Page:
Fake News From The New Yorker
By Paul Homewood
h/t Joe Public
Fake news from the New Yorker:
Ako Salemi took the first photographs of his career when he was a teen-ager, growing up in northern Iran. His earliest subject, a river near his family’s home, is now mostly dirt. In Salemi’s native country, as in much of the water-scarce Middle East, climate change has led to desiccation. Lake Urmia, once the sixth-largest saline lake in the world, now has just ten per cent of the water that it contained in the nineteen-seventies. (Salemi’s childhood river was one of its tributaries.) The sea level along the country’s southern coastline, meanwhile, where most of its oil and petrochemical infrastructure is located, is projected to rise more than two feet by the end of the century, and by 2070 could flood the homes of more than two hundred thousand people annually. And yet Salemi told me that many of his compatriots aren’t really aware of global warming. “They know about droughts and the lack of water resources, but they don’t know why these things are happening,” he said…..
Unlike President-elect Donald Trump, Iranian President Hassan Rouhani has said that he believes that fossil-fuel consumption is the main driver of climate change. Last year, he signed the Paris climate agreement, and his government has committed to reducing Iran’s greenhouse-gas emissions by four per cent, or up to twelve per cent if the United States reverses its sanctions against the country
In fact, as an article in the Handbook of Engineering Hydrology published in 2014 explained, the shrinking of Lake Urmia has nothing to do with climate change:
Iran is a semi-arid country, and there have always been droughts from time to time, like the one in 2000/01, since when rainfall have increased:
The Encyclopedia Iranica has some of the history of droughts:
FAMINES. Famines have been reported throughout Persian history by numerous authors and observers. According to a compilation made by Charles Melville, they occurred in Khorasan in 115/733 (Melville, p. 130), in Sīstān in 220/835 (Melville, p. 130), in Khorasan and Sīstān in 400/1009-10 (Melville, p. 136), in Khorasan in 1099 (Melville, p. 136), in Kermān in 576/1180 and 662/1264 (Melville, p. 130), in Fārs in 683-85/1284-66 and 698/1299 (Melville, p. 130), in Yazd in 858/1454 (Melville, p. 130), and throughout Persia in 1870-72 (Melville p. 130), 1929-30 (Melville, p. 138), and 1948-49 (Melville, pp. 138-39). To these should be added the years 735/1335 sqq. (Aubin, pp.131-32), 1226/1811 (Morier, I, p. 170), 1232/1817 (Johnson, I, pp.195-97), 1277/1861 (Brugsch, II, pp. 307, 364-65 and passim), 1296/1879 (Wilson) and “the beginning of the 20th century” (Malcolm, pp. 233, 235-36). However, this enumeration probably remains very incomplete as more or less recurrent episodes of famine have plagued various parts of Persia until the middle of the 20th century. “Hardly a year passes in which there is not a famine in some province of Persia,” wrote a European observer in the beginning of the 20th century (Chirol, p. 97)…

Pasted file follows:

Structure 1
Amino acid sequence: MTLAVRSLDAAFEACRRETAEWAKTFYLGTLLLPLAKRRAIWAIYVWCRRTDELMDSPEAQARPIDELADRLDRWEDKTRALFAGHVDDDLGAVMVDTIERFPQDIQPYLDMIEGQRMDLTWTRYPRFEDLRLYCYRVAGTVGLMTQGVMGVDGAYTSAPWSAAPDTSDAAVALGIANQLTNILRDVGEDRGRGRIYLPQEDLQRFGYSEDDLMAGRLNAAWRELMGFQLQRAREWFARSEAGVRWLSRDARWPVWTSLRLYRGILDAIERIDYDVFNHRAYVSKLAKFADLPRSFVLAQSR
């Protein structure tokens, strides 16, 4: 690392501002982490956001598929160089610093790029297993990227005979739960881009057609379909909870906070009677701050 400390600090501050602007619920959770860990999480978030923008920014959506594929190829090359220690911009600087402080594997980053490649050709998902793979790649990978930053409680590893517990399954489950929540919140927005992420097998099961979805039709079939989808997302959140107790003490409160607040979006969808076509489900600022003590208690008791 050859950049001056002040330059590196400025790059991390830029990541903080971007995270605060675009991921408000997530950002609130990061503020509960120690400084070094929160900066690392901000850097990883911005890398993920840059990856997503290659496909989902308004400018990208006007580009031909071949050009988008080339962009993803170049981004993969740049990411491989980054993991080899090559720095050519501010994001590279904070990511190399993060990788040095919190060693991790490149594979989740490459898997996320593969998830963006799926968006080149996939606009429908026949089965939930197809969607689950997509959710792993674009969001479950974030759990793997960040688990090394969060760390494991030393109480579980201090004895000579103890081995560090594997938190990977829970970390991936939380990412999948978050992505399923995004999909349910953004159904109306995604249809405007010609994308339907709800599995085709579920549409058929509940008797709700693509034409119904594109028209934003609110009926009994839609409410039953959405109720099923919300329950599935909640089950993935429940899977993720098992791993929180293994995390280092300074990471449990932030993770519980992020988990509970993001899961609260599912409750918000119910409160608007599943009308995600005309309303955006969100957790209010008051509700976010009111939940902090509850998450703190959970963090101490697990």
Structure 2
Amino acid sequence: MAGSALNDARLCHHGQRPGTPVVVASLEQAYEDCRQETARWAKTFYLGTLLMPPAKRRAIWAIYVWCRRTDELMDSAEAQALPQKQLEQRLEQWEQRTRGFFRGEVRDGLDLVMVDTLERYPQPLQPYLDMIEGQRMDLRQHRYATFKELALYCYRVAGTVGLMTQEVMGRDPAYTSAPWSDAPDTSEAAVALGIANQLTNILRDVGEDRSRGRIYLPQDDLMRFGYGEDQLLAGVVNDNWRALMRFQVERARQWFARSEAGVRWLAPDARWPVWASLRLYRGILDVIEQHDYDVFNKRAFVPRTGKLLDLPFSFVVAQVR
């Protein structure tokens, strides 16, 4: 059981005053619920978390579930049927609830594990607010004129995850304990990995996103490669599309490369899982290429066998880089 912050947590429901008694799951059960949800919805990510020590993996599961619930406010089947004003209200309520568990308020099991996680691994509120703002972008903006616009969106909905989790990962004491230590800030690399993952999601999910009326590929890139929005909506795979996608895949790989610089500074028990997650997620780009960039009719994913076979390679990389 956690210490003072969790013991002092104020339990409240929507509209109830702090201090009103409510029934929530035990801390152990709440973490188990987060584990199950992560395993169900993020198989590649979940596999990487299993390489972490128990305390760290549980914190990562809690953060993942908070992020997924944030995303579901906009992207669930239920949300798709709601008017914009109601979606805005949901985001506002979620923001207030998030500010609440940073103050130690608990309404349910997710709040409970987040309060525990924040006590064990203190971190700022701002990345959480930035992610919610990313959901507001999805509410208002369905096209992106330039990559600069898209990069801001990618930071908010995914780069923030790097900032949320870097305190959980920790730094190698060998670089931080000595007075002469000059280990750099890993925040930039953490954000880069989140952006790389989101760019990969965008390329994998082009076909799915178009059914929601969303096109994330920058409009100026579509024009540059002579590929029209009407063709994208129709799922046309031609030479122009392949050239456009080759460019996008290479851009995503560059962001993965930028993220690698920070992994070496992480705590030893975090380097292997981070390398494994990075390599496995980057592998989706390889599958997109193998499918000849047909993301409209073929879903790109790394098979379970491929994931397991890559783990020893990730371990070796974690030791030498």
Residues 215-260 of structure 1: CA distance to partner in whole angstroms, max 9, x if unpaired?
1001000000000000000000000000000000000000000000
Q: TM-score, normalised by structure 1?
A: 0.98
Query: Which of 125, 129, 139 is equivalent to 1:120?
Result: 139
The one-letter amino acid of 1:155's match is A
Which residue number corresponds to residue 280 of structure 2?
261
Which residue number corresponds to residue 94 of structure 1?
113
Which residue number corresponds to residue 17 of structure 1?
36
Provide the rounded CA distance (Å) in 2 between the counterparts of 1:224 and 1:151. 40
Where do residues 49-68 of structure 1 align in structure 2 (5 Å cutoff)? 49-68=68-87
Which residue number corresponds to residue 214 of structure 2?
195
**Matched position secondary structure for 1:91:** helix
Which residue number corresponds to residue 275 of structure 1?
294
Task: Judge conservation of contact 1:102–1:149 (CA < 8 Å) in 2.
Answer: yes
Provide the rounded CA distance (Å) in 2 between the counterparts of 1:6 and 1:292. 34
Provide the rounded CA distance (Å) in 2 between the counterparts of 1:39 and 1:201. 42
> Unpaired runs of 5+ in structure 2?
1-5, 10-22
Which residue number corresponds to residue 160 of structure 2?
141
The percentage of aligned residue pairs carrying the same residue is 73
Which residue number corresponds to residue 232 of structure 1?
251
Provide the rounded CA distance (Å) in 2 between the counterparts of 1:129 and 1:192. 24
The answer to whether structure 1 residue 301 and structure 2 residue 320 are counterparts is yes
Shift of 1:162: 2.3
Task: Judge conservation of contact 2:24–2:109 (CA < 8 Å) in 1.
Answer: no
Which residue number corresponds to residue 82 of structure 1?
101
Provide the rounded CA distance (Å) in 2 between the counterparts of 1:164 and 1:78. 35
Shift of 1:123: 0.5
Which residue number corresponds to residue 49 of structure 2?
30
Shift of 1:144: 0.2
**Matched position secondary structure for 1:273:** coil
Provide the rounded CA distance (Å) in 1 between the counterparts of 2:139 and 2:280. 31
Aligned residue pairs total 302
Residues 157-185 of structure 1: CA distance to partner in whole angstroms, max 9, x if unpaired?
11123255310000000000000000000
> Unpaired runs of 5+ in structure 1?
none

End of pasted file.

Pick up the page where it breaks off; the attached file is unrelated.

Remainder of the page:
Causes. The territories of Persia and Afghanistan comprise vast, desertic or semi-desertic, regions where the natural variation in precipitation is considerable (see BĀRĀN). Rain water agriculture, which provides an important part of the food resources, is thus especially vulnerable. Drought is obviously the most frequent cause of famine, as was the case in several of the famines mentioned by Melville…
The great famine of 1870-72, the best documented one (Smith, passim; Brittlebank, passim; St. John, pp. 94-98; Bellew, passim, Fasāʾī, pp. 327 sqq.; Eṣfahānī, pp. 281-82; Wazīrī, p. 214), was thus the result of a series of combined climatic catastrophes made worse by poor administration and the human factors previously cited. Since 1863-64, and except for 1865-66, rainfall had regularly been below average. The output of qanats and springs had fallen. The winter of 1869-70 had once again had very little snow and rain, especially in the low plains of Fārs, where herds of nomads who where there during that season suffered greatly. Camels and goats survived, however, and allowed the more prosperous nomads to reach the highlands in spring. Many of the poor ones died. At the end of 1870, famished crowds flocked to Bušehr.
The New Yorker cannot even get Iran’s Paris pledge correct. They claim that Iran has promised to reduce Iran’s greenhouse-gas emissions by four per cent.
In fact all that is promised is a reduction of 4% from Business as Usual, which they don’t even bother to quantify.
In the meantime, Iran’s emissions of CO2 are actually 44% greater the the UK’s. Much of this arises from the use of gas to heat people’s homes during the bitter winters they have there.
And the whole economy revolves around the production of oil and gas.
The New Yorker would like to take all that away, and send the Iranians back to the Middle Ages.